Question: Would it be wiser to make extra payments to pay down a credit card that has a 0 percent interest rate with a somewhat large balance (around $6,000) or to make extra payments to pay down a credit card with a smaller balance (around $2,000) and 11 percent interest? I’m trying to decide which one to pay down on first. The card with 0 percent is for the life of the loan.
Answer- Here’s how you can eliminate your credit card debt:
It’s great that you want to pay off your credit cards. It’s one of the most rewarding financial goals you could ever have. It will take persistence and patience, but you can do it.
The best way we’ve found to eliminate credit card debt is:
- Stop using the cards (we like the plastic surgery approach — cut them up with scissors).
- Generate a monthly excess.
- Pay the most (minimum payment and all the excess you can find) on the smallest debt until it is paid off.
- Keep it Going: Take the amount you were paying on the smallest debt and apply it to the next largest one.
We recommend paying off the $2,000 debt first, then attacking the $6,000 with a vengeance. You’ll save a boodle on interest by paying down the 11 percent card also. But more importantly, you’ll have emotional success by quickly eliminating the burden of that particular debt.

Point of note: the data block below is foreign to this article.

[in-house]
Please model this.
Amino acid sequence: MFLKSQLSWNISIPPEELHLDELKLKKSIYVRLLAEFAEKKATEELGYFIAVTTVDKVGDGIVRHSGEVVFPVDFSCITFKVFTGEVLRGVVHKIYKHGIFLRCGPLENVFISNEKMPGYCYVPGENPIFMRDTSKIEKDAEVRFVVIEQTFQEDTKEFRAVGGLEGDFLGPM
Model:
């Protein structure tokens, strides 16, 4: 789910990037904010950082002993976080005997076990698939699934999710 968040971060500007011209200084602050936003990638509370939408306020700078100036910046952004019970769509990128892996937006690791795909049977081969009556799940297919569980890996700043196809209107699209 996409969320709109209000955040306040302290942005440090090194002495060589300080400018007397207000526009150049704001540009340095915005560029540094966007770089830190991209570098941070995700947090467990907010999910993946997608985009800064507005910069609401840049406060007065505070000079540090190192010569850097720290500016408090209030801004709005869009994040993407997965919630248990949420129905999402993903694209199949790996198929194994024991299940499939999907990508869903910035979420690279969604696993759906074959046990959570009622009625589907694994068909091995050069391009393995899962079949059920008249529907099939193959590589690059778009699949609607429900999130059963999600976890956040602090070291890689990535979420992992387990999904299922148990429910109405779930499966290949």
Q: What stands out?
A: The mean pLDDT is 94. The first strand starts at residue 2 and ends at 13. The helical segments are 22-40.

You could also start using a budgeting system to manage your money and your spending. This way, in the future you won’t ever need to use a credit card because you don’t have the cash saved.
We’ve used a budget system to manage our spending since day one of our marriage. Because of this system we’ve never borrowed any money, except to buy our homes. And we were able to pay off our houses in record time. You’ll be amazed at how much freedom you feel when you’re using a money management system.
Once you get your spending under control, you could use a credit card to earn points, but we always recommend paying off the balance every month. If you can’t pay it off, then it’s time to get rid of the credit card.